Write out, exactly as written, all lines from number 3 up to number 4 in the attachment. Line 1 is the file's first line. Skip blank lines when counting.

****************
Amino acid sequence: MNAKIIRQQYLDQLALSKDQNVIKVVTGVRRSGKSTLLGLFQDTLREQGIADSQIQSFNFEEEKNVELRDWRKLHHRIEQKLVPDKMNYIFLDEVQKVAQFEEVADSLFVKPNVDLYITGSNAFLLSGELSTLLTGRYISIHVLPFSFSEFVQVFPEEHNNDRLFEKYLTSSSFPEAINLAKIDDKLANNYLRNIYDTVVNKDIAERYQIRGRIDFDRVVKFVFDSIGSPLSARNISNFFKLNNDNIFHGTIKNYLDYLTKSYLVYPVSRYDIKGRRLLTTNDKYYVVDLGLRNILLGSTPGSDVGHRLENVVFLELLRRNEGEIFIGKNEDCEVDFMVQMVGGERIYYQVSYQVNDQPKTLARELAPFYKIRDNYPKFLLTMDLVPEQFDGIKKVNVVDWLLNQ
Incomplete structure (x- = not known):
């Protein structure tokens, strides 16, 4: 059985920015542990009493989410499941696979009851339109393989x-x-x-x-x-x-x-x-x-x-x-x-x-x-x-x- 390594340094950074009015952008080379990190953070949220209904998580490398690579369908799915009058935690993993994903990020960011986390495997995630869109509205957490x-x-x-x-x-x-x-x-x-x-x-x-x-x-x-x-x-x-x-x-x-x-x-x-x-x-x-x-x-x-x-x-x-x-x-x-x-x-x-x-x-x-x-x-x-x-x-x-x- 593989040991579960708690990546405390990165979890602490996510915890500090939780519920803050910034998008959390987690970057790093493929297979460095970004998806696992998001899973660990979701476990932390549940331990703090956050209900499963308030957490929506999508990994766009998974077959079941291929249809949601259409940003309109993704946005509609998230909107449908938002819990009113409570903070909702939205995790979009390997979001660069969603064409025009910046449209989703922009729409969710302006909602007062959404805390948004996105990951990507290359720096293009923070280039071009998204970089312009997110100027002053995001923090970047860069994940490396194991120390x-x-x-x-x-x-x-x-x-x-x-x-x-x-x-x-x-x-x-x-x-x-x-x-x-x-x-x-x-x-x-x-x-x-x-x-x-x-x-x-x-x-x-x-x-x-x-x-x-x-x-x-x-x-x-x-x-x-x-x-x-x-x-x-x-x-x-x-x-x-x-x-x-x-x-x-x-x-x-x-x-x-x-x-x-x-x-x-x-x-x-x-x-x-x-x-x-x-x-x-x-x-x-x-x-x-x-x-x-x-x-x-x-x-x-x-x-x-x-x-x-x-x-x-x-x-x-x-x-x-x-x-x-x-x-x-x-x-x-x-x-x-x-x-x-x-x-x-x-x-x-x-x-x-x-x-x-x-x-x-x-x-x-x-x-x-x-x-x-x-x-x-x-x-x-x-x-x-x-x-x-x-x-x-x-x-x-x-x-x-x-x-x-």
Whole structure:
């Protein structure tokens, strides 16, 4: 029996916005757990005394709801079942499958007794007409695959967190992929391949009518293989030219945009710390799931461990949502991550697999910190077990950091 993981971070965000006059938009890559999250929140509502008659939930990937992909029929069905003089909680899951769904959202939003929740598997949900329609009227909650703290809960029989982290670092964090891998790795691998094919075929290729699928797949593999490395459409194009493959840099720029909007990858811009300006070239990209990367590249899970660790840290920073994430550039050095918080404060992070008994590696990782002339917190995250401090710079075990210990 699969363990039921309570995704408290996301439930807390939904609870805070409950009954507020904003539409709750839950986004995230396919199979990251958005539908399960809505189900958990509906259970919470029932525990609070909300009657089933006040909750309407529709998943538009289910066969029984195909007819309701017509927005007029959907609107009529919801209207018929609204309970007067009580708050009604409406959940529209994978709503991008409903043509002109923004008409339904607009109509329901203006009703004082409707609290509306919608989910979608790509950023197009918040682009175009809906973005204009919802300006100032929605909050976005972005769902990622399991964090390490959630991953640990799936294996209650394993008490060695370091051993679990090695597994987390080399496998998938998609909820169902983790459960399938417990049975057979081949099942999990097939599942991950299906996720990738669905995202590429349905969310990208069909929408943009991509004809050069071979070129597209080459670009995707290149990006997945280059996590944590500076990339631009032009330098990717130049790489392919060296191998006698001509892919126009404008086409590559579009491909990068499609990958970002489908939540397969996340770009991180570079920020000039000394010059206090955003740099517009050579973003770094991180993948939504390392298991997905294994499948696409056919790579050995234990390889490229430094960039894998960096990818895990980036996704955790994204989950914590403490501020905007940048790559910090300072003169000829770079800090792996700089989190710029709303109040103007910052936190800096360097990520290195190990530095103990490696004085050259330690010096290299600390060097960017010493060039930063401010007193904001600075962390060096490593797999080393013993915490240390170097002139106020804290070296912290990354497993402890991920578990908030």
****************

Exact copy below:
């Protein structure tokens, strides 16, 4: 059985920015542990009493989410499941696979009851339109393989x-x-x-x-x-x-x-x-x-x-x-x-x-x-x-x- 390594340094950074009015952008080379990190953070949220209904998580490398690579369908799915009058935690993993994903990020960011986390495997995630869109509205957490x-x-x-x-x-x-x-x-x-x-x-x-x-x-x-x-x-x-x-x-x-x-x-x-x-x-x-x-x-x-x-x-x-x-x-x-x-x-x-x-x-x-x-x-x-x-x-x-x- 593989040991579960708690990546405390990165979890602490996510915890500090939780519920803050910034998008959390987690970057790093493929297979460095970004998806696992998001899973660990979701476990932390549940331990703090956050209900499963308030957490929506999508990994766009998974077959079941291929249809949601259409940003309109993704946005509609998230909107449908938002819990009113409570903070909702939205995790979009390997979001660069969603064409025009910046449209989703922009729409969710302006909602007062959404805390948004996105990951990507290359720096293009923070280039071009998204970089312009997110100027002053995001923090970047860069994940490396194991120390x-x-x-x-x-x-x-x-x-x-x-x-x-x-x-x-x-x-x-x-x-x-x-x-x-x-x-x-x-x-x-x-x-x-x-x-x-x-x-x-x-x-x-x-x-x-x-x-x-x-x-x-x-x-x-x-x-x-x-x-x-x-x-x-x-x-x-x-x-x-x-x-x-x-x-x-x-x-x-x-x-x-x-x-x-x-x-x-x-x-x-x-x-x-x-x-x-x-x-x-x-x-x-x-x-x-x-x-x-x-x-x-x-x-x-x-x-x-x-x-x-x-x-x-x-x-x-x-x-x-x-x-x-x-x-x-x-x-x-x-x-x-x-x-x-x-x-x-x-x-x-x-x-x-x-x-x-x-x-x-x-x-x-x-x-x-x-x-x-x-x-x-x-x-x-x-x-x-x-x-x-x-x-x-x-x-x-x-x-x-x-x-x-």
Whole structure: